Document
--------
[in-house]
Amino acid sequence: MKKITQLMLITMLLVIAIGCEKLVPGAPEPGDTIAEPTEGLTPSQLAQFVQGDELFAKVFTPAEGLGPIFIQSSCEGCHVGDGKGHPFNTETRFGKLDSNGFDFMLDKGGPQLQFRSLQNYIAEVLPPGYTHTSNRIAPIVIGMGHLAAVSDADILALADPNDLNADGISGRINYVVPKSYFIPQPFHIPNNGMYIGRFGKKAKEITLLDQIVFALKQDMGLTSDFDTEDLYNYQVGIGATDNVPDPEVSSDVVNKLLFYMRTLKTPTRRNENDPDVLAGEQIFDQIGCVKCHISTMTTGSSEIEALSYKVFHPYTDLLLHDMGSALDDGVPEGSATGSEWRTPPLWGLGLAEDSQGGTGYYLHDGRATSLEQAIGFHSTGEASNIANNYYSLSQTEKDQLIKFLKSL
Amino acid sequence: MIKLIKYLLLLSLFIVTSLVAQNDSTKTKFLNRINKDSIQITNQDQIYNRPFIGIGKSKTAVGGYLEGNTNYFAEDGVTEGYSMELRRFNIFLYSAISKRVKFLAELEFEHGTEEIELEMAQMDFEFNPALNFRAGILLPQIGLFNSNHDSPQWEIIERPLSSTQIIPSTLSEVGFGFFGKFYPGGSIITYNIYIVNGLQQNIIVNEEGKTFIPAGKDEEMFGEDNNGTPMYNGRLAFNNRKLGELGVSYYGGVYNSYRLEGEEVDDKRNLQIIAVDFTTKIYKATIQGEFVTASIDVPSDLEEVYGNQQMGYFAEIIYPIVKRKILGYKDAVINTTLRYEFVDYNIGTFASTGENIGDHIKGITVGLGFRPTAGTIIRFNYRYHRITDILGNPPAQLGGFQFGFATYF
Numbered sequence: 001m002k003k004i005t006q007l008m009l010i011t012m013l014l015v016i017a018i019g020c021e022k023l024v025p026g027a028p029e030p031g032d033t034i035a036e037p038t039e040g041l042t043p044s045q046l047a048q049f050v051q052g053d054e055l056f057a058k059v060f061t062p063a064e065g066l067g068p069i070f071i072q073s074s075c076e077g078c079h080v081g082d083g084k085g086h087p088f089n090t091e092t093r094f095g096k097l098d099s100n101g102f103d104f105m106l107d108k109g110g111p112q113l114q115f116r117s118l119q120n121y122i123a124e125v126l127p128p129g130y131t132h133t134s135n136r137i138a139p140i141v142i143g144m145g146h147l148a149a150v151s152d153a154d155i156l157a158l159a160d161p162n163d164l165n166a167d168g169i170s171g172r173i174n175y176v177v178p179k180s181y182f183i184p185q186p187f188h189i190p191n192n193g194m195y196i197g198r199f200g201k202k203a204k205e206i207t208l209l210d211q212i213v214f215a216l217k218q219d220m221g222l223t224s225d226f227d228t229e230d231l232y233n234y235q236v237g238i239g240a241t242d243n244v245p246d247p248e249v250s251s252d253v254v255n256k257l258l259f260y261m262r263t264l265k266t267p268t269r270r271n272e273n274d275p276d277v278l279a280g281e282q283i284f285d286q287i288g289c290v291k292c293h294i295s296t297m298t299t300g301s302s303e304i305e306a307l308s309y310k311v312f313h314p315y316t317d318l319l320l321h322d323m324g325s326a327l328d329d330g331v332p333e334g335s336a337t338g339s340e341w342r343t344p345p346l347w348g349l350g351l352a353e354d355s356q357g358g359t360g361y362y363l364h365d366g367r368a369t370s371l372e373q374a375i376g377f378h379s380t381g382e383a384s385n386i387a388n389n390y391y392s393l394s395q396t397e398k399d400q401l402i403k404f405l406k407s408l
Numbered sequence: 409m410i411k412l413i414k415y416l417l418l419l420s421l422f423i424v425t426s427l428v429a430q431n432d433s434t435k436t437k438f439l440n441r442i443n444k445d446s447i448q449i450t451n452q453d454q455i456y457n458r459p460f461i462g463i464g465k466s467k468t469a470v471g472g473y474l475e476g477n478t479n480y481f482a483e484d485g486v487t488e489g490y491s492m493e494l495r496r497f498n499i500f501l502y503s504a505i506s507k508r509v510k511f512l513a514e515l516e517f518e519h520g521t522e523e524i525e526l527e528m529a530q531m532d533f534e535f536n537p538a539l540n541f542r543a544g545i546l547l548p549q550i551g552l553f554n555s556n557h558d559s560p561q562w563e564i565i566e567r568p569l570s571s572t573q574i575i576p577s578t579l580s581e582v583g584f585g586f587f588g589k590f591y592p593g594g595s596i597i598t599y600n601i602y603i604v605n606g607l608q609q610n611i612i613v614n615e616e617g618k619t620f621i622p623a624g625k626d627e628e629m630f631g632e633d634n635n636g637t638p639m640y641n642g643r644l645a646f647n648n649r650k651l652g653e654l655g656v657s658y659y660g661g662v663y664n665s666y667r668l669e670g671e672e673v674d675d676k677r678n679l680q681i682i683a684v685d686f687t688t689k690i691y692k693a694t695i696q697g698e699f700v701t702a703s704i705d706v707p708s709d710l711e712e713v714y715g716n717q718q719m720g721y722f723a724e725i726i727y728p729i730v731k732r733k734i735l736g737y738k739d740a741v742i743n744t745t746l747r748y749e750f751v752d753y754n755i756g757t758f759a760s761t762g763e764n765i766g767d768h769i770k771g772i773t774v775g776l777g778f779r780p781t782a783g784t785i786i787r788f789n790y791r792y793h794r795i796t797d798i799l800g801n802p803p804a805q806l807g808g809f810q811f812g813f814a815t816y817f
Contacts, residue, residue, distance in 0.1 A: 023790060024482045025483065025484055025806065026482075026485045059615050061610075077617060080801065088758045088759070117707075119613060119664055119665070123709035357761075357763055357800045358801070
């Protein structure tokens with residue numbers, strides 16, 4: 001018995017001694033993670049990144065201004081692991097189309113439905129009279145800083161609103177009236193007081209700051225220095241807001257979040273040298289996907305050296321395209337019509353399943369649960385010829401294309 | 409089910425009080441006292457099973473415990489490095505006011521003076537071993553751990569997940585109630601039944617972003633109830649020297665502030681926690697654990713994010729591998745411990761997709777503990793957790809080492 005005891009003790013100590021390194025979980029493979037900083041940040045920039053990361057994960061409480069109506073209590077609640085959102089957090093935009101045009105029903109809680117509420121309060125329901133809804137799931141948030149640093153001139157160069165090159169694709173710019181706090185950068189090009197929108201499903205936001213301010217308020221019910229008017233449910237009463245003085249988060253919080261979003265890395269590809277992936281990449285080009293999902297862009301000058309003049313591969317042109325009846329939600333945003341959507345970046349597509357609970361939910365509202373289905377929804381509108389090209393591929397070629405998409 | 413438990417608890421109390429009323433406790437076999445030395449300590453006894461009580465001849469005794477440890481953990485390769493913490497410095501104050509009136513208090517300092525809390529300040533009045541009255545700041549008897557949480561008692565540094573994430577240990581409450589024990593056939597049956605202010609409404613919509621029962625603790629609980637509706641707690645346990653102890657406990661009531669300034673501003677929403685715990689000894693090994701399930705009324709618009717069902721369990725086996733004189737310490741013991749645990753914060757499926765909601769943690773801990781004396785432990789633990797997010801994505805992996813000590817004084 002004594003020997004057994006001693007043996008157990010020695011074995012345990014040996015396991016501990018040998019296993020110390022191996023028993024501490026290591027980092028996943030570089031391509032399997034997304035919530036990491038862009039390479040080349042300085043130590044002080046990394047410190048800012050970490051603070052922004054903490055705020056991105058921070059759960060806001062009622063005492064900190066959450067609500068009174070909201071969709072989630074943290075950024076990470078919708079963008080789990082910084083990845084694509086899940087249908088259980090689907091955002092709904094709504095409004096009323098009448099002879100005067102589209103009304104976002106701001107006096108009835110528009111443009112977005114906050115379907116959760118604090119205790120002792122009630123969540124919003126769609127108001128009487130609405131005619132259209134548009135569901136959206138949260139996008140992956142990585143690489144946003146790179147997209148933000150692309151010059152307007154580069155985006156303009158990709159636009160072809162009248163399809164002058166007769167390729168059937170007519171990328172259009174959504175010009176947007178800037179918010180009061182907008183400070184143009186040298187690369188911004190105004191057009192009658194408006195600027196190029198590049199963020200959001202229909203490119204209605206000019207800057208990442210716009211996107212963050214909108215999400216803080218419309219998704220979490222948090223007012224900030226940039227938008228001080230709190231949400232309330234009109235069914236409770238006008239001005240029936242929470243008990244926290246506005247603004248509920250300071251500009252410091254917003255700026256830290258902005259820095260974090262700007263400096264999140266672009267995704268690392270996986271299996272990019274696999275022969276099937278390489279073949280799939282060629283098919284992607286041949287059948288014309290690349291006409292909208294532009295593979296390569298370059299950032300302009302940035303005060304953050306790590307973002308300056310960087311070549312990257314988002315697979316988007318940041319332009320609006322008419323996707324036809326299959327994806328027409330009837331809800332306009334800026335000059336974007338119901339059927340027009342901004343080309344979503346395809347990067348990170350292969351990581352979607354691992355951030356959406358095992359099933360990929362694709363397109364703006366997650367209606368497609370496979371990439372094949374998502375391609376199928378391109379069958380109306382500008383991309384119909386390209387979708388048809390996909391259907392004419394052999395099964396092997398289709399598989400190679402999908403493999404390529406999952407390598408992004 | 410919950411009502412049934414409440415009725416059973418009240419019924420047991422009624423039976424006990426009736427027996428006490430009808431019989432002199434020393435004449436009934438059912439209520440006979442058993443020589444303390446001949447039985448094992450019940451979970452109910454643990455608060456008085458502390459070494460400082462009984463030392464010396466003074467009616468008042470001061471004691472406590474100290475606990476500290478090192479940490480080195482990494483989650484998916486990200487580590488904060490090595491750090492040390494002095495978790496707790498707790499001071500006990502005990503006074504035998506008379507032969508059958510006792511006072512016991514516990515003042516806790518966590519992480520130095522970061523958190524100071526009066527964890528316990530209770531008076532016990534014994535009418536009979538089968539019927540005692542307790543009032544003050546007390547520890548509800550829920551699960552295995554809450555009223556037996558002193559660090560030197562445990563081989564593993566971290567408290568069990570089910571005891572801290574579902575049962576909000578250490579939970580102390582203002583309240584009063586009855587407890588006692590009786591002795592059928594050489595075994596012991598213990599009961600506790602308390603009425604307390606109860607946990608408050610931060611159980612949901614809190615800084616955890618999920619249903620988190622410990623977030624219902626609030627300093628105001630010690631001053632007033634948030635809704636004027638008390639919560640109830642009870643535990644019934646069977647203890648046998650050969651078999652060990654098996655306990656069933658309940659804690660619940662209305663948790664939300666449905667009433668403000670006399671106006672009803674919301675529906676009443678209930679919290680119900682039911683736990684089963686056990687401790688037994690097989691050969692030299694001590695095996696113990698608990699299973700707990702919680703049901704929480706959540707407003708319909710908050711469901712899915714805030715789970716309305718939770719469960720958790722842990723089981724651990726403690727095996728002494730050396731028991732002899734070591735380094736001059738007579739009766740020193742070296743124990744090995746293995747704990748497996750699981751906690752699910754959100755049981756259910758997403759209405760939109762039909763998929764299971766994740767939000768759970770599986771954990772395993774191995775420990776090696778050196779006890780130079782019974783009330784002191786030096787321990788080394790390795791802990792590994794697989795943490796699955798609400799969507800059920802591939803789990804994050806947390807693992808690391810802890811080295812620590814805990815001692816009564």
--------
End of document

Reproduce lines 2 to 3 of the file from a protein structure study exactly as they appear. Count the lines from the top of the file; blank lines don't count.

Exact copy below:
Amino acid sequence: MKKITQLMLITMLLVIAIGCEKLVPGAPEPGDTIAEPTEGLTPSQLAQFVQGDELFAKVFTPAEGLGPIFIQSSCEGCHVGDGKGHPFNTETRFGKLDSNGFDFMLDKGGPQLQFRSLQNYIAEVLPPGYTHTSNRIAPIVIGMGHLAAVSDADILALADPNDLNADGISGRINYVVPKSYFIPQPFHIPNNGMYIGRFGKKAKEITLLDQIVFALKQDMGLTSDFDTEDLYNYQVGIGATDNVPDPEVSSDVVNKLLFYMRTLKTPTRRNENDPDVLAGEQIFDQIGCVKCHISTMTTGSSEIEALSYKVFHPYTDLLLHDMGSALDDGVPEGSATGSEWRTPPLWGLGLAEDSQGGTGYYLHDGRATSLEQAIGFHSTGEASNIANNYYSLSQTEKDQLIKFLKSL
Amino acid sequence: MIKLIKYLLLLSLFIVTSLVAQNDSTKTKFLNRINKDSIQITNQDQIYNRPFIGIGKSKTAVGGYLEGNTNYFAEDGVTEGYSMELRRFNIFLYSAISKRVKFLAELEFEHGTEEIELEMAQMDFEFNPALNFRAGILLPQIGLFNSNHDSPQWEIIERPLSSTQIIPSTLSEVGFGFFGKFYPGGSIITYNIYIVNGLQQNIIVNEEGKTFIPAGKDEEMFGEDNNGTPMYNGRLAFNNRKLGELGVSYYGGVYNSYRLEGEEVDDKRNLQIIAVDFTTKIYKATIQGEFVTASIDVPSDLEEVYGNQQMGYFAEIIYPIVKRKILGYKDAVINTTLRYEFVDYNIGTFASTGENIGDHIKGITVGLGFRPTAGTIIRFNYRYHRITDILGNPPAQLGGFQFGFATYF